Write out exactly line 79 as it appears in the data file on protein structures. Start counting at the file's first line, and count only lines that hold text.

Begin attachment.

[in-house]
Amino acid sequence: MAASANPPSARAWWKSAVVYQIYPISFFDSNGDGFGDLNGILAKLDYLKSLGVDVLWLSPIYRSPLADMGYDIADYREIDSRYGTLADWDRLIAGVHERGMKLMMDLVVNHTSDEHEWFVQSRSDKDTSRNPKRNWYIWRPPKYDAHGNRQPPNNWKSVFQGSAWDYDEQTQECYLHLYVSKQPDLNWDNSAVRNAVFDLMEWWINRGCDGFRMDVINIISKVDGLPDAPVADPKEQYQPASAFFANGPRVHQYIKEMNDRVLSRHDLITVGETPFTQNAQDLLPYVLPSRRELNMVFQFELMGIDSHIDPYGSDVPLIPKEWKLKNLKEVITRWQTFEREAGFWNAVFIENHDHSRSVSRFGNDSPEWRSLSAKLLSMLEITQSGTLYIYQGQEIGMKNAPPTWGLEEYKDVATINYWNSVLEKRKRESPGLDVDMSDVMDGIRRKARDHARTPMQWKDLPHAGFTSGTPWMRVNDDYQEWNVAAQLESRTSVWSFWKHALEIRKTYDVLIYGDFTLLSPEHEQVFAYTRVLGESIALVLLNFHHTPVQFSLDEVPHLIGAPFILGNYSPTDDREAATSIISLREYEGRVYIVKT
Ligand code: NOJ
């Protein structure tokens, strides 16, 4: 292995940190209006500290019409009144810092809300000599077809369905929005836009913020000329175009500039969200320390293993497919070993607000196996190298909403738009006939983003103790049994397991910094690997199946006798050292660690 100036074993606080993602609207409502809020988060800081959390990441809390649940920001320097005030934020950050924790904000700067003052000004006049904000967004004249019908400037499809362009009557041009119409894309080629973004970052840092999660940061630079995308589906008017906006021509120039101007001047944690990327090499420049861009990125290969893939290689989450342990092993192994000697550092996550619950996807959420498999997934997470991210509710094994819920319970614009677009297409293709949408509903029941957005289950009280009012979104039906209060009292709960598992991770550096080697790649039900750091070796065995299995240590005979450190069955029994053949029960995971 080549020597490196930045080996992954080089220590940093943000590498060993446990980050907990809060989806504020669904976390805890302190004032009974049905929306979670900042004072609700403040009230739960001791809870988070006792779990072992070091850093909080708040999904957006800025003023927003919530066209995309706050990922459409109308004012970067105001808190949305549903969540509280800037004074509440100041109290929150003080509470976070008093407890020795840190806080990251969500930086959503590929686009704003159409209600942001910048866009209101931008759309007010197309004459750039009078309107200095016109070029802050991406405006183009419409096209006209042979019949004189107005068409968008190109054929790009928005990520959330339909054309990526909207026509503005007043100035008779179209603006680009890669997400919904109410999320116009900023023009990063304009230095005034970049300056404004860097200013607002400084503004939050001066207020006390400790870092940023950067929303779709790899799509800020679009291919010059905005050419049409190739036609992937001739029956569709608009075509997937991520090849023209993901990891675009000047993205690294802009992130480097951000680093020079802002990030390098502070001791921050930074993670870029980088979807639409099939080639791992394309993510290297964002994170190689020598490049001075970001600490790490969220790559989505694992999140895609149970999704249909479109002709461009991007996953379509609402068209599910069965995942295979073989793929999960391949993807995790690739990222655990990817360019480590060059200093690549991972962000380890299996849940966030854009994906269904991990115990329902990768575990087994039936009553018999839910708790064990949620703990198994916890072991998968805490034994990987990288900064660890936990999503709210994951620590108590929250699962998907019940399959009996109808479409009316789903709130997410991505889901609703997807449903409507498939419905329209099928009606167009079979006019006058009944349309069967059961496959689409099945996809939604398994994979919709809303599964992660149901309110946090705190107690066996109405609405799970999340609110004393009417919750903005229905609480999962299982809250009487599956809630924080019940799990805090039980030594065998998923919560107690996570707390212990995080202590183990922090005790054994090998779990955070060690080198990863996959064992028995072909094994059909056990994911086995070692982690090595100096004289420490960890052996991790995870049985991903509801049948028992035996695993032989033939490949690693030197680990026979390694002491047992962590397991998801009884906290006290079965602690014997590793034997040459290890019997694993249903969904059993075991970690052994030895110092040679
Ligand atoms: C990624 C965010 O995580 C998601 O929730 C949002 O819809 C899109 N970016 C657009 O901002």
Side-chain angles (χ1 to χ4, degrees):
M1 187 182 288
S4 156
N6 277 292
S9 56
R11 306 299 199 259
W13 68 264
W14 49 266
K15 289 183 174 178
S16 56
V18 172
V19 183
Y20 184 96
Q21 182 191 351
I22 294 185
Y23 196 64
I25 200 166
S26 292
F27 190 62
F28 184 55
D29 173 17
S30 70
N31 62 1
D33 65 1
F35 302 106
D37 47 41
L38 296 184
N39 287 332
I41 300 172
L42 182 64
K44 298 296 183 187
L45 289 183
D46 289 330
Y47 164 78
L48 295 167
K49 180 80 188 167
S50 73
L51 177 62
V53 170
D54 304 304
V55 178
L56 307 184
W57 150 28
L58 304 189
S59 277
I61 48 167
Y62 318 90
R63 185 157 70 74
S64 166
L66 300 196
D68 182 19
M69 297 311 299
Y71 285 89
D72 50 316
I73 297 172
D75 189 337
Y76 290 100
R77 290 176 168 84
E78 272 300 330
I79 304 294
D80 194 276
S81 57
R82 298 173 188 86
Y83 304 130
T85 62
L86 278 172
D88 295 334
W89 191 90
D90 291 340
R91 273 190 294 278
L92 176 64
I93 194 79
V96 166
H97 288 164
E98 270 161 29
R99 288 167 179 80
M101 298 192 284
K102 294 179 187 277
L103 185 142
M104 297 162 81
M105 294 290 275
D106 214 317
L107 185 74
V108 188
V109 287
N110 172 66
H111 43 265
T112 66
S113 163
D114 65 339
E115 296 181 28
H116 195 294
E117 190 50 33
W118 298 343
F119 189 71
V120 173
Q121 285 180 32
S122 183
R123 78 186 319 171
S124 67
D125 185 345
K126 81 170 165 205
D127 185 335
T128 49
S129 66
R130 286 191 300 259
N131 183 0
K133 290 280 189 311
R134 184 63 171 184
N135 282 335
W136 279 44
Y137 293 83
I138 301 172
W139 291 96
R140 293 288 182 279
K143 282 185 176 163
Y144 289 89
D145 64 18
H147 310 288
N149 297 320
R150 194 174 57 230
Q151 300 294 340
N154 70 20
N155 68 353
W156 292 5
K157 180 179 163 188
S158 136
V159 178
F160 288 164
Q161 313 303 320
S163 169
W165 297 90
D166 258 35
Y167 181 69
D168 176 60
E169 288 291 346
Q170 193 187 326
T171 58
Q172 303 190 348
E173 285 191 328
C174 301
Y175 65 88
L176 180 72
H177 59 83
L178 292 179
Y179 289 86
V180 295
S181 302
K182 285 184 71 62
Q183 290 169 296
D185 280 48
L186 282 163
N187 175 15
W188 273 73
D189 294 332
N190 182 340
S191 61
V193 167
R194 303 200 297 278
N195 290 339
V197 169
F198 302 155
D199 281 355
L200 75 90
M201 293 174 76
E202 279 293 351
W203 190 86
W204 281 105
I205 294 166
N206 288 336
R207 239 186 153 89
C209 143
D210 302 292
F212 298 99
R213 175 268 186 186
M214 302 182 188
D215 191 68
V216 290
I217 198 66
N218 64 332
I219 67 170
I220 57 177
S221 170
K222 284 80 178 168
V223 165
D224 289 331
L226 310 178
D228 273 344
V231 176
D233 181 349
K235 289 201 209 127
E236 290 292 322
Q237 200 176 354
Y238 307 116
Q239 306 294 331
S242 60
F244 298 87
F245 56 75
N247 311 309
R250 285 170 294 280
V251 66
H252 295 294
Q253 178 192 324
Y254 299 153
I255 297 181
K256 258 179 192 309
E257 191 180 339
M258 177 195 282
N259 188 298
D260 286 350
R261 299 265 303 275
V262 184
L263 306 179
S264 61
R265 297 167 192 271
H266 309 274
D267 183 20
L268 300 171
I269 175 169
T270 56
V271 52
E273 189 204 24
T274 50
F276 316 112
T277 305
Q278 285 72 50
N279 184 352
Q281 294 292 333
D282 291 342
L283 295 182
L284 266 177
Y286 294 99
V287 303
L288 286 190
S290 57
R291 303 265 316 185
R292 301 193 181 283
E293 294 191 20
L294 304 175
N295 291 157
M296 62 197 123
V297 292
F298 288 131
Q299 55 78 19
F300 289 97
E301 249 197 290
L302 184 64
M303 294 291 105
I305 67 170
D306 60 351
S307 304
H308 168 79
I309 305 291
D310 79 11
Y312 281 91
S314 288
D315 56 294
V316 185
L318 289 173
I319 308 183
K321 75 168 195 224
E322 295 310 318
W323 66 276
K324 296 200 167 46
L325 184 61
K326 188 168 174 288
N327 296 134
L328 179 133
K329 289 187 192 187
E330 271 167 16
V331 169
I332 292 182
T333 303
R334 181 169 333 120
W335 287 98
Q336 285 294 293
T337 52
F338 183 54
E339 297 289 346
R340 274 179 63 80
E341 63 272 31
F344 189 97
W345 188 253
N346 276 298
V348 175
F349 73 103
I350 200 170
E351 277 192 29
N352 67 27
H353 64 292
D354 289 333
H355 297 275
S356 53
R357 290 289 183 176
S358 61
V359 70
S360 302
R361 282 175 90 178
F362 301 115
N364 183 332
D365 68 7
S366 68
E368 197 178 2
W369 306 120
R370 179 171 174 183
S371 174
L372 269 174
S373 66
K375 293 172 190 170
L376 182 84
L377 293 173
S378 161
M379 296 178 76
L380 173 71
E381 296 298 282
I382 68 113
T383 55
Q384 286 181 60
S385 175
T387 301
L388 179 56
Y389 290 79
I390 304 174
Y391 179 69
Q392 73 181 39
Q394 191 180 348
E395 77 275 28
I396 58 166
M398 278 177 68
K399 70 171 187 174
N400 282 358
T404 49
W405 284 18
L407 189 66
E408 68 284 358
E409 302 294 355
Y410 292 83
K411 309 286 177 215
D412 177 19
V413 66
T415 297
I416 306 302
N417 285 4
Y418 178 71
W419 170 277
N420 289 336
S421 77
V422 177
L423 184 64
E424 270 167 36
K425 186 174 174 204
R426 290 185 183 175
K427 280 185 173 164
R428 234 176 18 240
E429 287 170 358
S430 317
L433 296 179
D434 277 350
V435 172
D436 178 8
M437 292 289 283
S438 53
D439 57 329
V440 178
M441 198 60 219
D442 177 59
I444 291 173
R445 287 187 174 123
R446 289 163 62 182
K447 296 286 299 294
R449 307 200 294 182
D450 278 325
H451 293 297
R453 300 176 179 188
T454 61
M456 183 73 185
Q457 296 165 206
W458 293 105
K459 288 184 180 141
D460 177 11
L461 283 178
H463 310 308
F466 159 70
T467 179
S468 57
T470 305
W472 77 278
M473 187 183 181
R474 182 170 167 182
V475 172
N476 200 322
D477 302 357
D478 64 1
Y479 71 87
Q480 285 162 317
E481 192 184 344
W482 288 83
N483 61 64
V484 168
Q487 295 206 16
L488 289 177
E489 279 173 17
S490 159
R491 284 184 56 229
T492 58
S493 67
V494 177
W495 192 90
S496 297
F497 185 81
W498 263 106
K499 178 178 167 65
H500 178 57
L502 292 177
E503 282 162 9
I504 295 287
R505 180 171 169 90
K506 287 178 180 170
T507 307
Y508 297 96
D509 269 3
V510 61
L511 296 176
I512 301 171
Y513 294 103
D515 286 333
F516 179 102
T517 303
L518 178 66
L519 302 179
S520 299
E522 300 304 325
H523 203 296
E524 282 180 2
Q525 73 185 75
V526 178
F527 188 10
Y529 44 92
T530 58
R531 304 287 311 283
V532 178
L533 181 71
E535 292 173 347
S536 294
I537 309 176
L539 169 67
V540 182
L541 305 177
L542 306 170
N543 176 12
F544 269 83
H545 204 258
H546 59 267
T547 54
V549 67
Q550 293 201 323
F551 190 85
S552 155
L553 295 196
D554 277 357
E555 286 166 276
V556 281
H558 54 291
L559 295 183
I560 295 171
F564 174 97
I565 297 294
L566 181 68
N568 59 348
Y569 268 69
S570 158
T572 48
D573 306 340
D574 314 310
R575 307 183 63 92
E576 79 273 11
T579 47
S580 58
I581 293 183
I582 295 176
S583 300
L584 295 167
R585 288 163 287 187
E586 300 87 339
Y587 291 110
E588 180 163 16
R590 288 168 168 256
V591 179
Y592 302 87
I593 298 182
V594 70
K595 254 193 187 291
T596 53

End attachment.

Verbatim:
H97 288 164